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British leaders grilled in final pre-election TV event

Prime Minister David Cameron takes part in a special BBC Question Time programme, hosted by David Dimbleby (standing left), with the three main party leaders appearing separately at Leeds Town Hall, West Yorkshire, during the General Election 2015 campaign on April 30, 2015.

[LONDON] A feisty audience grilled Britain's political leaders on Thursday over what deals and compromises could be in store after an election expected to produce a hung parliament next week.

The final leaders' television event before the May 7 vote saw Conservative Prime Minister David Cameron, Labour party leader Ed Miliband, and Liberal Democrat Nick Clegg questioned by ordinary Britons in Leeds in northern England.

Audience members demanded the leaders lay out their plans if no one party wins a majority as polls suggest, pressing them on which manifesto promises were non-negotiable "red lines".

"I'm going to spend the next seven days flat out for victory, and if enough people watching this programme back at home back me, we can have that victory and have the whole manifesto rather than having it bartered away in a darkened room," Mr Cameron said.

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Holding a referendum on whether Britain should remain a member of the European Union would be his "red line" if he had to negotiate with other parties to form a government, Mr Cameron said.

"The British people really deserve a referendum on the EU," Mr Cameron said. "I would not lead a government that did not contain that pledge."


Mr Cameron insisted that the centre-left Labour party could not be trusted to run Britain's economy, and brandished a letter left in the Treasury from the outgoing Labour government in 2010 reading "I'm afraid there is no money. Kind regards - and good luck!"

Mr Miliband dismissed the letter as Mr Cameron's "regular prop" and told the audience he believed in a country which had "one rule for all, not one rule for the rich and powerful and another for everybody else".

He ruled out a deal with the Scottish National Party in order to form a government - something the pro-independence leader Nicola Sturgeon has put on the table as her party looks set to take most of Scotland's seats.

"We are not going to do a deal with the Scottish National Party," Mr Miliband said. "If it meant we weren't going to be in government not doing a coalition, not having a deal, then so be it." In a later interview, SNP leader Sturgeon said "the most likely outcome is where we are supporting a Labour minority government on an issue-by-issue basis".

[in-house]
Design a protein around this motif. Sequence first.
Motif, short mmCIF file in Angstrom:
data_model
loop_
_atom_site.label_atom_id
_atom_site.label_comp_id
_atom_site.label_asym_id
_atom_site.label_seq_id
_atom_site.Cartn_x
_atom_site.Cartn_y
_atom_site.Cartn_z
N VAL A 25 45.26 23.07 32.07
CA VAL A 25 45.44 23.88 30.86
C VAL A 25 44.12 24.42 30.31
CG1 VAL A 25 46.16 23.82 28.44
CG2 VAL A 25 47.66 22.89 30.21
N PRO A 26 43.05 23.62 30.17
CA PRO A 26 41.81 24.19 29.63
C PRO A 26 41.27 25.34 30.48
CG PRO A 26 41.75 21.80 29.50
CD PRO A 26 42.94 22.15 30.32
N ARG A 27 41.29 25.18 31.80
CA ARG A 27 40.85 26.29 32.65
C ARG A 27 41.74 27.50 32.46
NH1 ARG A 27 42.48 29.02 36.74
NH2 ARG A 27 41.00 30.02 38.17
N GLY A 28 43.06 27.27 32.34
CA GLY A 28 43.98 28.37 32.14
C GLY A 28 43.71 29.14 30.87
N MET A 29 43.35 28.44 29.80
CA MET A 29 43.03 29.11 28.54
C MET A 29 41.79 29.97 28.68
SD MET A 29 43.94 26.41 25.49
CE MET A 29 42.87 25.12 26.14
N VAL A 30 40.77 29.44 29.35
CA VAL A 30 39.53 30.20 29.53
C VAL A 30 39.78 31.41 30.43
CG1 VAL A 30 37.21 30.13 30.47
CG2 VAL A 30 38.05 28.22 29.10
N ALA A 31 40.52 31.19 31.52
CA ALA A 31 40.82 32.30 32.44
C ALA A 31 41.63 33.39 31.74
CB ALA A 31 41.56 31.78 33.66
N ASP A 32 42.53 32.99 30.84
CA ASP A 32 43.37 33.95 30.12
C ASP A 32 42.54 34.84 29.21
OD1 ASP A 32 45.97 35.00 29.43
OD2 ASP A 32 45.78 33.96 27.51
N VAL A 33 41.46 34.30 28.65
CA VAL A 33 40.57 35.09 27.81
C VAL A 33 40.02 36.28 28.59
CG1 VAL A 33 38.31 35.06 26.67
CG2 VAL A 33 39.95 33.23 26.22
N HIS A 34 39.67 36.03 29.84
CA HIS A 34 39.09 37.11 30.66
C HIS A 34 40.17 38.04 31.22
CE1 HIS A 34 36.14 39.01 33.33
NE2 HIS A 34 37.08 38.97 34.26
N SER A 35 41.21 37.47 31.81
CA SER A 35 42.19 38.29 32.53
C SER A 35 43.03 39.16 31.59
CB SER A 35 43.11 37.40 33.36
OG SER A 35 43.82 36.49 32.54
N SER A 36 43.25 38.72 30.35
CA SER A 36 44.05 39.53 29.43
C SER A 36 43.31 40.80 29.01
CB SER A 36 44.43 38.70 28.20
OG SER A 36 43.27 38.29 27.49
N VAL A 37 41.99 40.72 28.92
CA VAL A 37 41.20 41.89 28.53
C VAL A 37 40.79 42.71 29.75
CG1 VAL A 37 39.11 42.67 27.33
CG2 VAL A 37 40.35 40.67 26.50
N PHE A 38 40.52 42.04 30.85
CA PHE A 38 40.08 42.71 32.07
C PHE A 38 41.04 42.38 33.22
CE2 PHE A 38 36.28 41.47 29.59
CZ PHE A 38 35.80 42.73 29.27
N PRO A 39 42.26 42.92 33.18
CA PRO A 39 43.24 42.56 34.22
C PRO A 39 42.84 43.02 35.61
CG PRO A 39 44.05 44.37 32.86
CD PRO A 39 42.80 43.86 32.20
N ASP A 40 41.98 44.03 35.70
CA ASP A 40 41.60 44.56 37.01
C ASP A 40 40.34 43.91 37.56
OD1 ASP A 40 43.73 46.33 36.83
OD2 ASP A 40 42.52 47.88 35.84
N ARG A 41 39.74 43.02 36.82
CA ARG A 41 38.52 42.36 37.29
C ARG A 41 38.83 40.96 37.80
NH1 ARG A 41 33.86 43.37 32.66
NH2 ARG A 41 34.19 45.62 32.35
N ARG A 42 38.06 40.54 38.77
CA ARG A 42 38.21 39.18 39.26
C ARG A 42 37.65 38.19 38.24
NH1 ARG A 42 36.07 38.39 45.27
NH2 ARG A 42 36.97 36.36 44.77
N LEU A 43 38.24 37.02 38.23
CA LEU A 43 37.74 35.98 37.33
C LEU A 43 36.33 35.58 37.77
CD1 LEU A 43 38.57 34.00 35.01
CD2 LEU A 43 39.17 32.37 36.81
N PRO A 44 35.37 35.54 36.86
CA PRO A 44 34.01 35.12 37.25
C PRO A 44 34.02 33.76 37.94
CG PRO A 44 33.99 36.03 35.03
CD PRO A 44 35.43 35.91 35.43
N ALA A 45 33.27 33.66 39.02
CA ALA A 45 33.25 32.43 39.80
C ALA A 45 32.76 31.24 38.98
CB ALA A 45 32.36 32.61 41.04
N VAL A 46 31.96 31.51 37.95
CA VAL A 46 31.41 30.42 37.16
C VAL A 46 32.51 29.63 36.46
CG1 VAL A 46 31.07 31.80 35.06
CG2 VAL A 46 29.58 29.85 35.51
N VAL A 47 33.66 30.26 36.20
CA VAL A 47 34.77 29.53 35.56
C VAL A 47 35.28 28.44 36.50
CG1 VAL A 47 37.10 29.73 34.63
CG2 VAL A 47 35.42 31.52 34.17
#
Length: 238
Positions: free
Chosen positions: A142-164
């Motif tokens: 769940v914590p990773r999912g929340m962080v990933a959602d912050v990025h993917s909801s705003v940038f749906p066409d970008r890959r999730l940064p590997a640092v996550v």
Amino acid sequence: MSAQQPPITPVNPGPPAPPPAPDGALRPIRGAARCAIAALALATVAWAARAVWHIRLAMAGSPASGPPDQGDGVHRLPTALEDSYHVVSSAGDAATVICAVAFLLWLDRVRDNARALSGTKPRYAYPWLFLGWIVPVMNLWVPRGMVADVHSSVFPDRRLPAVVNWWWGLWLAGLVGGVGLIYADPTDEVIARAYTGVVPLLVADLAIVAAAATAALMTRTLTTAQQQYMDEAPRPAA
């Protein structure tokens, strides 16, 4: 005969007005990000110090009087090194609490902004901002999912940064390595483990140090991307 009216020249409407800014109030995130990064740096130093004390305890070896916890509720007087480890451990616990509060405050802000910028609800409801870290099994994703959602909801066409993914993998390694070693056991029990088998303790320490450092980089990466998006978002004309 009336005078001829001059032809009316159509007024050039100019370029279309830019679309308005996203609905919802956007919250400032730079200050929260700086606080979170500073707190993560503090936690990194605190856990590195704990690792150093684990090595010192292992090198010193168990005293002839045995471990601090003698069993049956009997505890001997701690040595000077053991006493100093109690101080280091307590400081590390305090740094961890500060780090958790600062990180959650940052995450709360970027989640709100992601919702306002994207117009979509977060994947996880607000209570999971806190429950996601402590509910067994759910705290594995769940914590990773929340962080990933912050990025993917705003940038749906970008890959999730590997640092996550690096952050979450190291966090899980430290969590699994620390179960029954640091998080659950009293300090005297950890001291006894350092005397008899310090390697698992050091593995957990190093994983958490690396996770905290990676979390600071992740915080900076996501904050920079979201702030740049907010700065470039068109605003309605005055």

As Mr Miliband left the stage, he stumbled slightly - a clip shared widely on social media as something of a blow to his attempts to cast off a socially awkward image.


An instant poll showed the most viewers thought Mr Cameron had done best in the event, on 44 per cent followed by 38 per cent for Mr Miliband.

Mr Clegg, who has been in coalition with the centre-right Conservatives since the previous election did not return a one-party majority in 2010, argued his Liberal Democrats would be the best partner for either the Conservatives or Labour by anchoring them to "the centre ground".

"Either David Cameron or Ed Miliband are going to be prime minister... The real question is: who is going to go in there alongside them?" Mr Clegg asked.

"If either of them still think they are going to win a majority they need to go and lie down in that darkened room," he quipped.

Giving a role in government to either the anti-EU, anti-immigrant UK Independence Party or Scotland's SNP would mean a "lurch off to the right or the left", Mr Clegg argued.

He said he would oppose a referendum on the EU unless more British sovereign powers were passed to the bloc.

The BBC's poll of polls currently shows the Conservatives on 34 per cent support and Labour on 33 per cent, with seat calculators showing neither are likely to win enough seats to rule alone.

The SNP is predicted to become Britain's third-biggest party due to a surge in support in the wake of the 2014 Scottish independence referendum, followed by the Liberal Democrats.